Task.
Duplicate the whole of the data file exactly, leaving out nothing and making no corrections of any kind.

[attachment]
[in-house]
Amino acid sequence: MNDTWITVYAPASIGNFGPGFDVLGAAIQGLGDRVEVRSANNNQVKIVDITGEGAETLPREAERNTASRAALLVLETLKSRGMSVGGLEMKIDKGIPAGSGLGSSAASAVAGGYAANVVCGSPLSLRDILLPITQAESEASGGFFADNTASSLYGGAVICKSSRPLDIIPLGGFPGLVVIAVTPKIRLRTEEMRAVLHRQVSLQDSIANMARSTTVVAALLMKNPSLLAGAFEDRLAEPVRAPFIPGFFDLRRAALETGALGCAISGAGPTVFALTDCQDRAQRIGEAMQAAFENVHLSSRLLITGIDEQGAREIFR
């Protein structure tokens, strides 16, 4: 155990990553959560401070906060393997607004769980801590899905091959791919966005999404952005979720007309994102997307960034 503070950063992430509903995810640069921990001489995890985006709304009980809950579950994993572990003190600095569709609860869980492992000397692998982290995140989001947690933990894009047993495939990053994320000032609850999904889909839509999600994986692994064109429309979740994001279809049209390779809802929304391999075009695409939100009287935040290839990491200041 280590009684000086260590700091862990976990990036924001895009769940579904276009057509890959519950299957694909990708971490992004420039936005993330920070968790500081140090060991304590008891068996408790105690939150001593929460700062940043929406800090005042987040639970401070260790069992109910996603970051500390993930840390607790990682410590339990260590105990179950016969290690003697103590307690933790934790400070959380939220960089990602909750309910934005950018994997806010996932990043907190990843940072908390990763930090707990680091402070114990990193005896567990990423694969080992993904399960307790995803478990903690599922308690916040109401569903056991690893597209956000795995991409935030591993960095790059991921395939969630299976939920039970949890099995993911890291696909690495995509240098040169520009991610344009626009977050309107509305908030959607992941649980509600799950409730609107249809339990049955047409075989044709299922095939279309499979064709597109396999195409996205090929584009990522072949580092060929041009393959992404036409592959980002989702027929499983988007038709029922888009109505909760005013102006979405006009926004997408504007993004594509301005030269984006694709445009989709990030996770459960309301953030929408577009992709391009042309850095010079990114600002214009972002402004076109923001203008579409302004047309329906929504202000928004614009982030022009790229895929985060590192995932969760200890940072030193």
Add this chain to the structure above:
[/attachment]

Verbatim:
[in-house]
Amino acid sequence: MNDTWITVYAPASIGNFGPGFDVLGAAIQGLGDRVEVRSANNNQVKIVDITGEGAETLPREAERNTASRAALLVLETLKSRGMSVGGLEMKIDKGIPAGSGLGSSAASAVAGGYAANVVCGSPLSLRDILLPITQAESEASGGFFADNTASSLYGGAVICKSSRPLDIIPLGGFPGLVVIAVTPKIRLRTEEMRAVLHRQVSLQDSIANMARSTTVVAALLMKNPSLLAGAFEDRLAEPVRAPFIPGFFDLRRAALETGALGCAISGAGPTVFALTDCQDRAQRIGEAMQAAFENVHLSSRLLITGIDEQGAREIFR
């Protein structure tokens, strides 16, 4: 155990990553959560401070906060393997607004769980801590899905091959791919966005999404952005979720007309994102997307960034 503070950063992430509903995810640069921990001489995890985006709304009980809950579950994993572990003190600095569709609860869980492992000397692998982290995140989001947690933990894009047993495939990053994320000032609850999904889909839509999600994986692994064109429309979740994001279809049209390779809802929304391999075009695409939100009287935040290839990491200041 280590009684000086260590700091862990976990990036924001895009769940579904276009057509890959519950299957694909990708971490992004420039936005993330920070968790500081140090060991304590008891068996408790105690939150001593929460700062940043929406800090005042987040639970401070260790069992109910996603970051500390993930840390607790990682410590339990260590105990179950016969290690003697103590307690933790934790400070959380939220960089990602909750309910934005950018994997806010996932990043907190990843940072908390990763930090707990680091402070114990990193005896567990990423694969080992993904399960307790995803478990903690599922308690916040109401569903056991690893597209956000795995991409935030591993960095790059991921395939969630299976939920039970949890099995993911890291696909690495995509240098040169520009991610344009626009977050309107509305908030959607992941649980509600799950409730609107249809339990049955047409075989044709299922095939279309499979064709597109396999195409996205090929584009990522072949580092060929041009393959992404036409592959980002989702027929499983988007038709029922888009109505909760005013102006979405006009926004997408504007993004594509301005030269984006694709445009989709990030996770459960309301953030929408577009992709391009042309850095010079990114600002214009972002402004076109923001203008579409302004047309329906929504202000928004614009982030022009790229895929985060590192995932969760200890940072030193």
Add this chain to the structure above: